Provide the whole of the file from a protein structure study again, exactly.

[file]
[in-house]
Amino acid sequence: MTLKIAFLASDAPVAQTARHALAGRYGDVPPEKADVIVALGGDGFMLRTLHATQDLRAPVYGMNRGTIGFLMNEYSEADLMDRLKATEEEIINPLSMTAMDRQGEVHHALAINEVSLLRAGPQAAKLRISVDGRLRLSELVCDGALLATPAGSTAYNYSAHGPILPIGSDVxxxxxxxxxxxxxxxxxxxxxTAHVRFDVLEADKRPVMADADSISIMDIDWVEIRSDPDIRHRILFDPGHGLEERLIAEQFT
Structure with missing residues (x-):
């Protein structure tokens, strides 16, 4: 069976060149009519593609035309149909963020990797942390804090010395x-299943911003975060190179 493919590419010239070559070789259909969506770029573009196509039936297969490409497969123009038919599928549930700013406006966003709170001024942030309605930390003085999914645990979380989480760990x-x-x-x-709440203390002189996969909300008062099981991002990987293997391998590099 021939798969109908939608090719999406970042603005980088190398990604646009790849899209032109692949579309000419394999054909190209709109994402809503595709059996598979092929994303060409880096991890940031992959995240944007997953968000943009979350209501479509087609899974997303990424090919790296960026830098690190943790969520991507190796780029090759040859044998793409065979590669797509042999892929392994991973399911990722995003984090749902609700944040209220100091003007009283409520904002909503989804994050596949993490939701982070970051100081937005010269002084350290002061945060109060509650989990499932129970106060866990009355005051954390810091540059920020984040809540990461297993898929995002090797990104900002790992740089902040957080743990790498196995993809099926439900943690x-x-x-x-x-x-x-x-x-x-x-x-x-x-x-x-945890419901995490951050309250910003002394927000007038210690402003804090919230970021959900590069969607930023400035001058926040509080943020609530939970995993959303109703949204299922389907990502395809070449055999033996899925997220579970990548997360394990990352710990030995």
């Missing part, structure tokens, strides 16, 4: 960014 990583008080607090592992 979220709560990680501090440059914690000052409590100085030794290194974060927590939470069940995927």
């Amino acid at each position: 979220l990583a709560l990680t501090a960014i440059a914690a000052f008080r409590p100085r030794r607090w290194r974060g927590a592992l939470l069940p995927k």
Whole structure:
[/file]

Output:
[in-house]
Amino acid sequence: MTLKIAFLASDAPVAQTARHALAGRYGDVPPEKADVIVALGGDGFMLRTLHATQDLRAPVYGMNRGTIGFLMNEYSEADLMDRLKATEEEIINPLSMTAMDRQGEVHHALAINEVSLLRAGPQAAKLRISVDGRLRLSELVCDGALLATPAGSTAYNYSAHGPILPIGSDVxxxxxxxxxxxxxxxxxxxxxTAHVRFDVLEADKRPVMADADSISIMDIDWVEIRSDPDIRHRILFDPGHGLEERLIAEQFT
Structure with missing residues (x-):
């Protein structure tokens, strides 16, 4: 069976060149009519593609035309149909963020990797942390804090010395x-299943911003975060190179 493919590419010239070559070789259909969506770029573009196509039936297969490409497969123009038919599928549930700013406006966003709170001024942030309605930390003085999914645990979380989480760990x-x-x-x-709440203390002189996969909300008062099981991002990987293997391998590099 021939798969109908939608090719999406970042603005980088190398990604646009790849899209032109692949579309000419394999054909190209709109994402809503595709059996598979092929994303060409880096991890940031992959995240944007997953968000943009979350209501479509087609899974997303990424090919790296960026830098690190943790969520991507190796780029090759040859044998793409065979590669797509042999892929392994991973399911990722995003984090749902609700944040209220100091003007009283409520904002909503989804994050596949993490939701982070970051100081937005010269002084350290002061945060109060509650989990499932129970106060866990009355005051954390810091540059920020984040809540990461297993898929995002090797990104900002790992740089902040957080743990790498196995993809099926439900943690x-x-x-x-x-x-x-x-x-x-x-x-x-x-x-x-945890419901995490951050309250910003002394927000007038210690402003804090919230970021959900590069969607930023400035001058926040509080943020609530939970995993959303109703949204299922389907990502395809070449055999033996899925997220579970990548997360394990990352710990030995």
């Missing part, structure tokens, strides 16, 4: 960014 990583008080607090592992 979220709560990680501090440059914690000052409590100085030794290194974060927590939470069940995927």
């Amino acid at each position: 979220l990583a709560l990680t501090a960014i440059a914690a000052f008080r409590p100085r030794r607090w290194r974060g927590a592992l939470l069940p995927k």
Whole structure: